Monday, June 30, 2008

Atheists Crying Wolf, Part 2

This is the second post in a series addressing common complaints of so-called “anti-atheist bigotry,” as characterized by atheist blogger Alonzo Fyfe:
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(2 & 3) Next we have two familiar bones of liberal contention: “Under God” in the Pledge of Allegiance and “In God We Trust” on our currency. Fyfe argues that these are unjust and demeaning to atheists by implying they cannot be good Americans.
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In
Part 1, I explained how God was vital to America’s founding principles. The nation also has a long tradition of turning to God in times of crisis and recognizing His hand in the course of history, such as Abraham Lincoln’s speculation that the terrible devastation of the Civil War was divine punishment for slavery, and his declaration that the United States’ “new birth of freedom” would come “under God.” Even the scientifically-minded Benjamin Franklin argued:
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I have lived, Sir, a long time and the longer I live, the more convincing proofs I see of this truth—that God governs in the affairs of men. And if a sparrow cannot fall to the ground without his notice, is it probable that an empire can rise without his aid? We have been assured, Sir, in the sacred writings that "except the Lord build they labor in vain that build it." I firmly believe this; and I also believe that without his concurring aid we shall succeed in this political building no better than the Builders of Babel: We shall be divided by our little partial local interests; our projects will be confounded, and we ourselves shall be become a reproach and a bye word down to future age. And what is worse, mankind may hereafter this unfortunate instance, despair of establishing Governments by Human Wisdom, and leave it to chance, war, and conquest.
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This is the true motivation behind “Under God” and “In God We Trust”: first, to remind the people of America’s philosophical roots to preserve the sacred status of individual liberty; and second, to honor this tradition and keep it alive in the hopes that God will continue to steer us through troubled waters and bestow His blessings upon the land.
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To infer from these phrases a malicious intent to ostracize atheist citizens and impugn their love of country is fantasy, and smacks of paranoia. (This is not to say nobody wishes to denigrate atheists, or tries to do so via these phrases. But to take individual examples of intolerance and extrapolate from them conclusions about all, or even most, people who support them is a classic logical fallacy that indicates either weak thinking or rank demagoguery.)
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Admittedly, this conclusion begs two questions: (1) What about the offense some atheists take at the implications, even if they are unintentional? (2) Just because something is tradition doesn’t make it right, so why does tradition matter in this case?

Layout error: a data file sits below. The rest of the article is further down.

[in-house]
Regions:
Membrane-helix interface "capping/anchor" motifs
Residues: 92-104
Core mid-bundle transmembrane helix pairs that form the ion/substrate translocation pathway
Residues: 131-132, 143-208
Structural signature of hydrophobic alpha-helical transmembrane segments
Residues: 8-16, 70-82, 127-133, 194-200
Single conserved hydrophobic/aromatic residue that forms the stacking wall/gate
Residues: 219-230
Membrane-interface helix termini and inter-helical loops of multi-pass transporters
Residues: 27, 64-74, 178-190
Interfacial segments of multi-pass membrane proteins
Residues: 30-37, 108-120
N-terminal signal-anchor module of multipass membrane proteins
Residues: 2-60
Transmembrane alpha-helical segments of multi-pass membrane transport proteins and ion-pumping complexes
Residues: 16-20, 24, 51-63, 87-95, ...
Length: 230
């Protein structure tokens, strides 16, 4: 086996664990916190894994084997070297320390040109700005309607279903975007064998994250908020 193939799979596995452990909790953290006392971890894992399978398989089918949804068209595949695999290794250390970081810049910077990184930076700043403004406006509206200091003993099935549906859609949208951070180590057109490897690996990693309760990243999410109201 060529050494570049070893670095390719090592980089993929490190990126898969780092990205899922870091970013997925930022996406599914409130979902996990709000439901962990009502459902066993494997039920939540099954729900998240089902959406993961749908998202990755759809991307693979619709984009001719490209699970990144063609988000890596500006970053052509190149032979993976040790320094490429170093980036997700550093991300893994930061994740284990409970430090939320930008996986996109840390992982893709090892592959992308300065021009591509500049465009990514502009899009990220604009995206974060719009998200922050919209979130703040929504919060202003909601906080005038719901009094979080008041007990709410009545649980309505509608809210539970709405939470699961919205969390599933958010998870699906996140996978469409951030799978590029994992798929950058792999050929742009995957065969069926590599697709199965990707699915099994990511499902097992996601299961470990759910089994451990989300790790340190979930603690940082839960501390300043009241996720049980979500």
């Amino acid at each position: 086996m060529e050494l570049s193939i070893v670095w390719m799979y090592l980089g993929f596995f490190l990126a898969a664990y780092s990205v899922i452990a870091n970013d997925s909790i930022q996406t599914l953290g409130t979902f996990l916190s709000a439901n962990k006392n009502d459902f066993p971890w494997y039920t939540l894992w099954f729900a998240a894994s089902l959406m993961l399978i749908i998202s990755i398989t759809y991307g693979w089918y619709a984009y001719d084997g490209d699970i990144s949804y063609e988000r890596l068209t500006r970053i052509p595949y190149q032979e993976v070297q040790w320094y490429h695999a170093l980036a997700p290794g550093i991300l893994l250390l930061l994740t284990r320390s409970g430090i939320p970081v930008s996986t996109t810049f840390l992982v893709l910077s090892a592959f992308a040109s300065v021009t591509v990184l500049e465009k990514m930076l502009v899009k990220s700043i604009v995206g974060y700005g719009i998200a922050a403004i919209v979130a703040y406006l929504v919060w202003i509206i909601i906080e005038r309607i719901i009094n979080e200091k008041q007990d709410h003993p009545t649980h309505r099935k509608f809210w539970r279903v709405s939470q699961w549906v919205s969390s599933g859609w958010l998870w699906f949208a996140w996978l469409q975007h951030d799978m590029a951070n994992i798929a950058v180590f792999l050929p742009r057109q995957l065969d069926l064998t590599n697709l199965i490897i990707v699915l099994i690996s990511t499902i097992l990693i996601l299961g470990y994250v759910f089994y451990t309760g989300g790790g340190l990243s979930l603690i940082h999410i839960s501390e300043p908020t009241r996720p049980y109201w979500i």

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(1) Does the Pledge of Allegiance impugn the patriotism of atheists? Does it imply that “one nation, under God, indivisible, with liberty and justice for all” is an all-or-nothing deal, that rejecting God means rejecting the rest? No—it is a matter of historical record that America is “one nation under God.” Granted, nobody should expect atheists to say the country is literally under “God” in the sense of an omnipotent being who created and surveys the universe. However, there is no reason an intellectually-honest atheist cannot acknowledge that our society is under “God” in the sense of a set of philosophical assumptions about the source of human rights, reflected in our founding documents and the men who wrote them and fought for them. Likewise, “In God We Trust” was true of our Framers, and has been true of the overwhelming majority of Americans who have lived throughout our history. True, atheists don’t trust in God, but frankly, it isn’t a case of the nation not valuing atheists, but of atheists not valuing a particular element of the American fabric. As long as we’re the same nation we were in 1776, atheists should resign themselves to the fact that they’ve chosen a worldview that is, in part, simply incompatible with their nation’s identity. Which leads us to…
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(2) A nation’s identity isn’t automatically a good thing; why should the mere fact that something is tradition be persuasive? Alone, it shouldn’t be (a point jovially-yet-morbidly demonstrated in a line from
this song). But every society has a basic right to keep its foundations alive through ceremony and tradition, and as long as that foundation is sound (as I’ve argued the founding’s religious component is), the tradition should stand. It seems to me that, in order for one to advocate abandoning such a tradition, one must also argue that the foundational element it reflects is flawed, and should be rejected.

ALL Report: Planned Parenthood's New Image

The Atheist Ethicist: Just Another Propagandist

We interrupt Atheists Crying Wolf (no, I haven’t forgotten it; I promise Part II is coming!) for a special bulletin: the “Atheist Ethicist’s” credibility has hit rock-bottom.
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In
this post, Alonzo Fyfe peddles a number of anti-Bible talking points, including the “abomination” of eating shellfish: